Armed Neutrality?

This term was used by Capt. Samuel Fiske to describe the situation the Fourteenth Connecticut Volunteer Infantry found itself in 150 years ago this week. From their already advanced position on Stony Mountain, the brigade (2nd Brigade, 3rd Division, 2nd Corps) picketed regularly along the Rapidan River in close proximity to the enemy. The rest of their division and corps were encamped miles to the rear near Culpeper, so it’s easy to understand how these men could feel cut off from the rest of the army.

Add to this situation Maj. Gen. William French, who was then in command of the Third Corps, and whose reputation as a capable officer was in a nosedive. Maj. Gen. Meade, commander of the Army of the Potomac, ordered French to: 1) move his corps to the read of Stony Mountain, 2) to deploy his picket lines so they didn’t overlap the lines of the troops to their front (the brigade that included the men of the Fourteenth), and 3) to strengthen the security of his picket line.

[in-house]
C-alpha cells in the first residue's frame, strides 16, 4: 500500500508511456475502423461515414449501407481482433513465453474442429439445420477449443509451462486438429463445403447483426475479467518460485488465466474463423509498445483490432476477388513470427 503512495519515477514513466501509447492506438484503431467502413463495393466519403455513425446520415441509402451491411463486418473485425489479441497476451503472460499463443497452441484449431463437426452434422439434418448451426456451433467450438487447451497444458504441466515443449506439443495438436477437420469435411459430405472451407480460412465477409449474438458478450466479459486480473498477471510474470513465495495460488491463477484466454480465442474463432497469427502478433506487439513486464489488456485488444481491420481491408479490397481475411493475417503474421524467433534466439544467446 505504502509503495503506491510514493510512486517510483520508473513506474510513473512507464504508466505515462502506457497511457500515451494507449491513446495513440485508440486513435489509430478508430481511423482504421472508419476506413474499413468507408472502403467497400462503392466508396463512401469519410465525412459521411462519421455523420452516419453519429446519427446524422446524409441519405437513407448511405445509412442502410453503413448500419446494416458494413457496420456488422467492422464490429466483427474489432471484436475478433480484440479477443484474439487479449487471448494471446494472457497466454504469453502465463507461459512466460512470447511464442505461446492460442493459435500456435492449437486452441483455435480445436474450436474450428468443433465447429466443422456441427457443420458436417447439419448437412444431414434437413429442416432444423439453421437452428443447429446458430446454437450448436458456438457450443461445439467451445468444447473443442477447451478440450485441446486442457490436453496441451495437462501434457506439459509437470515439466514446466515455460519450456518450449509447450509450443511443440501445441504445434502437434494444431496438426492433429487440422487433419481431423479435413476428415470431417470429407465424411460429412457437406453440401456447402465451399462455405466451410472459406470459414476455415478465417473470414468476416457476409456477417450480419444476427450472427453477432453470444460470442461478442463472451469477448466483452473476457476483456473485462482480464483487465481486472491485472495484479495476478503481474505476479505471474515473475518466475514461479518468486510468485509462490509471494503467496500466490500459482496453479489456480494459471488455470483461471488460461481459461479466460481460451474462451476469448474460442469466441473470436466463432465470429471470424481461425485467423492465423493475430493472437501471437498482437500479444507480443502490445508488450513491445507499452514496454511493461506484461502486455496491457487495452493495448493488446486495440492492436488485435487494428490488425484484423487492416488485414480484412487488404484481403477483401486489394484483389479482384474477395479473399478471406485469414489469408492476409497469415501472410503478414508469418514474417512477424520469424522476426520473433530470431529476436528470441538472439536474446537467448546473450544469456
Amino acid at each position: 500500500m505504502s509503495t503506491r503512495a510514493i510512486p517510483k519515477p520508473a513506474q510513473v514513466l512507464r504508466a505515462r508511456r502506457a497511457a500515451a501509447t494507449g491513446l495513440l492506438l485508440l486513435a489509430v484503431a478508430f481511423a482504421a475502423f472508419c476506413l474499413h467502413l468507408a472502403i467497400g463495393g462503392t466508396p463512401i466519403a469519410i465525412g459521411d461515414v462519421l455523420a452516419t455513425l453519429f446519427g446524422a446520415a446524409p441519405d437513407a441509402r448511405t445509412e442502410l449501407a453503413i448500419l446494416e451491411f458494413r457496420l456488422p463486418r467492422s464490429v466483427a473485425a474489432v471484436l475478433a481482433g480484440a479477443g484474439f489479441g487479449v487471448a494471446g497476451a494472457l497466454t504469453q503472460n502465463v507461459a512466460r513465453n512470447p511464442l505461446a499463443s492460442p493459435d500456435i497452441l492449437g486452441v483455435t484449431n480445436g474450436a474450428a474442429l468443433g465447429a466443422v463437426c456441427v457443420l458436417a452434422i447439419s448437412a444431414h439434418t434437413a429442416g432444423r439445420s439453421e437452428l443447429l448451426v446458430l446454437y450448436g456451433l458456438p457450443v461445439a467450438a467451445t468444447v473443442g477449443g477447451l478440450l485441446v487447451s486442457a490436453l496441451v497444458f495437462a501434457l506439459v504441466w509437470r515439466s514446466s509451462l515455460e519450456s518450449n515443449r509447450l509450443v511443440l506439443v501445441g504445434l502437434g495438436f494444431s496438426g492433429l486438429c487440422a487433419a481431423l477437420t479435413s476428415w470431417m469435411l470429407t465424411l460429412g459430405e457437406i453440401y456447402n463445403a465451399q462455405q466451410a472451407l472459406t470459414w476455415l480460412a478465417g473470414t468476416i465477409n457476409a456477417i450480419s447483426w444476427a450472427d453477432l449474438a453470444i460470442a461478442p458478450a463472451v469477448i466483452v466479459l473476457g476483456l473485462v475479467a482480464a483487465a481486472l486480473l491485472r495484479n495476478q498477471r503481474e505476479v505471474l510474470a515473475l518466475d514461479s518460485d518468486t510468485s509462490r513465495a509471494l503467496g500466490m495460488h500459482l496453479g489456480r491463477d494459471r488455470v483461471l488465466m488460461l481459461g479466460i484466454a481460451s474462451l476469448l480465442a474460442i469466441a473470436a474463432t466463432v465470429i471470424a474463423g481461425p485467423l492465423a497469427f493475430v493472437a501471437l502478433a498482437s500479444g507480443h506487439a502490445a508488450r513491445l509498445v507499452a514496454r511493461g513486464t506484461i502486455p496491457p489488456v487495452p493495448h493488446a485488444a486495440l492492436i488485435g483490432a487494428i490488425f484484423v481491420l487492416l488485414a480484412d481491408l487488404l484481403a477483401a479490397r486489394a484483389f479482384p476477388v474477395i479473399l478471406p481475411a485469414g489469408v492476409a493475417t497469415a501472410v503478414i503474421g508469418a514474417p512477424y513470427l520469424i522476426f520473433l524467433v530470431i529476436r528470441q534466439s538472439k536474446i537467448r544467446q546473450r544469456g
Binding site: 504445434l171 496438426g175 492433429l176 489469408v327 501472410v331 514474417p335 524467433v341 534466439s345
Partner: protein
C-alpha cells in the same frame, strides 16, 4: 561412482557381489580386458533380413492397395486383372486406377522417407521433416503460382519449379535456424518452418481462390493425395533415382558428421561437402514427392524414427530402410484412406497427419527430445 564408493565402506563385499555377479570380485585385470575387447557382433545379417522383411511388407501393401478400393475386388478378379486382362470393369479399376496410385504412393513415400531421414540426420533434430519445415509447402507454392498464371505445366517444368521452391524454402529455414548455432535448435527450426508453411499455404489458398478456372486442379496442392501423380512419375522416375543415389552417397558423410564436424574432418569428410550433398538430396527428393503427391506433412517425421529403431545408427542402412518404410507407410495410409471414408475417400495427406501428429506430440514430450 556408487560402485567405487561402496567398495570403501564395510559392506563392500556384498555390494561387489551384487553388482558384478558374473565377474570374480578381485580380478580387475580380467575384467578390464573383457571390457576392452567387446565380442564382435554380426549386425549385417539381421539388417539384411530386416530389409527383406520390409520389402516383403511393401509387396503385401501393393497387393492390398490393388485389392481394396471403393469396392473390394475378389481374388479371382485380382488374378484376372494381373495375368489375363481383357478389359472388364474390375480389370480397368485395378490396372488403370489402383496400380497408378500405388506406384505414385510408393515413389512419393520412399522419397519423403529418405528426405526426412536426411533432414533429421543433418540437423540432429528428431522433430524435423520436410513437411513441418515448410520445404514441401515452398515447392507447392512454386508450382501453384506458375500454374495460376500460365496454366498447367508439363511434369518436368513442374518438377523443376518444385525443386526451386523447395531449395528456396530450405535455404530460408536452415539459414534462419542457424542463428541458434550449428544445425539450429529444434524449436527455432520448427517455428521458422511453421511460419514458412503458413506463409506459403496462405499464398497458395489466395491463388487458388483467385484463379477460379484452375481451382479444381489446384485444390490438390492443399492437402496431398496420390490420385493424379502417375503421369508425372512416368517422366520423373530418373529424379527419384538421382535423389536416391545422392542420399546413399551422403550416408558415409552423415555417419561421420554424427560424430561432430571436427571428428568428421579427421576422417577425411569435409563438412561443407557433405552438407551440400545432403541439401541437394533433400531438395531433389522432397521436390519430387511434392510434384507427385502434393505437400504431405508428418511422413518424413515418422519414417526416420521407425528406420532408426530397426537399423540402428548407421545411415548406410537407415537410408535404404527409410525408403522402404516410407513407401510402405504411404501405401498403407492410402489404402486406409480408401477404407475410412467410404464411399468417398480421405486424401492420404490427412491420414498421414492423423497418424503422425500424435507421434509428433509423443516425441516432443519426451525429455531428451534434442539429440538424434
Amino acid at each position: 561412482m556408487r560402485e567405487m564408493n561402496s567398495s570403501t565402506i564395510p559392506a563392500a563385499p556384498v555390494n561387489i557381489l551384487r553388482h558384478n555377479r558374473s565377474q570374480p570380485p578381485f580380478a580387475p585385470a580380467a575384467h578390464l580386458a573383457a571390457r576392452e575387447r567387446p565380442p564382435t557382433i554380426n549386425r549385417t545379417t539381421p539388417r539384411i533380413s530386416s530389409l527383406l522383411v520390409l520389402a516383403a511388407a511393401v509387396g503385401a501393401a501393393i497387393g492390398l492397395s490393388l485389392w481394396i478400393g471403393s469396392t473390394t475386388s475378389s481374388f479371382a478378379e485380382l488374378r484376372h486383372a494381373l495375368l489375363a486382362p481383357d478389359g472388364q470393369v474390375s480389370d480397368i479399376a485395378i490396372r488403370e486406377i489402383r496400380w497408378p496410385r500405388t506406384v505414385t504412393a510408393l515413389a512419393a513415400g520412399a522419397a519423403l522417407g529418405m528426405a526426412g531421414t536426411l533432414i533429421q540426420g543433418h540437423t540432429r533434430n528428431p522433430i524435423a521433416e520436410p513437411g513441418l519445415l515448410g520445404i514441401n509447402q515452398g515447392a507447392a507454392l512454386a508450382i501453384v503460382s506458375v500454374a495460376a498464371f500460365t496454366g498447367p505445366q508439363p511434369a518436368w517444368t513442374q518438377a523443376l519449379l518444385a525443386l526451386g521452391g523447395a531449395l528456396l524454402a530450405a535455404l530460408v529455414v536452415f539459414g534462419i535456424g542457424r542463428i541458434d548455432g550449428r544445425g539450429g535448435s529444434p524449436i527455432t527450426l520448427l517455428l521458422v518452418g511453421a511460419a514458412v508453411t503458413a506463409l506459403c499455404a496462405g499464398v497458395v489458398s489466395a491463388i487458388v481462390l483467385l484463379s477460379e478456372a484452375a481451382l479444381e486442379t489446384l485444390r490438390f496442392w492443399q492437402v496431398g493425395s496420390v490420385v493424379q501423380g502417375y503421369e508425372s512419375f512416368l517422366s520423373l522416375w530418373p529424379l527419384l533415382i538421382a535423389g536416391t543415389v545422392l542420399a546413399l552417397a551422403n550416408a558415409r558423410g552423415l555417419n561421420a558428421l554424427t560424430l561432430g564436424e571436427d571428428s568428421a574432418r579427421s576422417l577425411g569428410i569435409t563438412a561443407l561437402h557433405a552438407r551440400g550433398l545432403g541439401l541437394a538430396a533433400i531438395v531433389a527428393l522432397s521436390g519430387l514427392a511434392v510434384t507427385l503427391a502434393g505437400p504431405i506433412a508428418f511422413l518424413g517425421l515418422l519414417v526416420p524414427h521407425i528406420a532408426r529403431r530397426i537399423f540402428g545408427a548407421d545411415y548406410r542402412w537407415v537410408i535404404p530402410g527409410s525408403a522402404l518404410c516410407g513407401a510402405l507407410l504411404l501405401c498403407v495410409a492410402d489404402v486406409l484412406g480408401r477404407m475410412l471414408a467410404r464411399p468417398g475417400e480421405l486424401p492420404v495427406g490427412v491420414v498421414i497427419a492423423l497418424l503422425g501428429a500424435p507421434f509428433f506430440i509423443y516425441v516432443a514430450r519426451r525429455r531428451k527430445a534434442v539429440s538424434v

Gen. French marched the Third Corps to its new position. Then he positioned his picket line directly behind Stony Mountain, across the only access to that rather remote position, and then he cranked up security so tight, that no one could pass through his picket line, unless specifically permitted to do so by himself or Gen. Meade. Communications between the Second Brigade were cut off completely from the rest of the division. Supply wagons were stopped and turned back as was a doctor going to the front to attend the sick.

But it seemed that even Gen. Meade’s signature had no pull with Gen. French. The wife of the chaplain of the 108th New York had just arrived by train at Brandy Station to visit her husband. Knowing of the difficulties of passing French’s pickets, the chaplain had obtained a pass signed by Gen. Meade himself. But when the happy couple arrived at French’s picket line, with less than a mile left to the chaplain’s cabin, they too were refused passage, and were forced to endure a long, muddy ride back to the town.

For Gen. French, justice would be both swift and severe. The army would soon be reorganized in preparation for the spring campaign, and he would be left without a command. And by early May French would be out of the army entirely.

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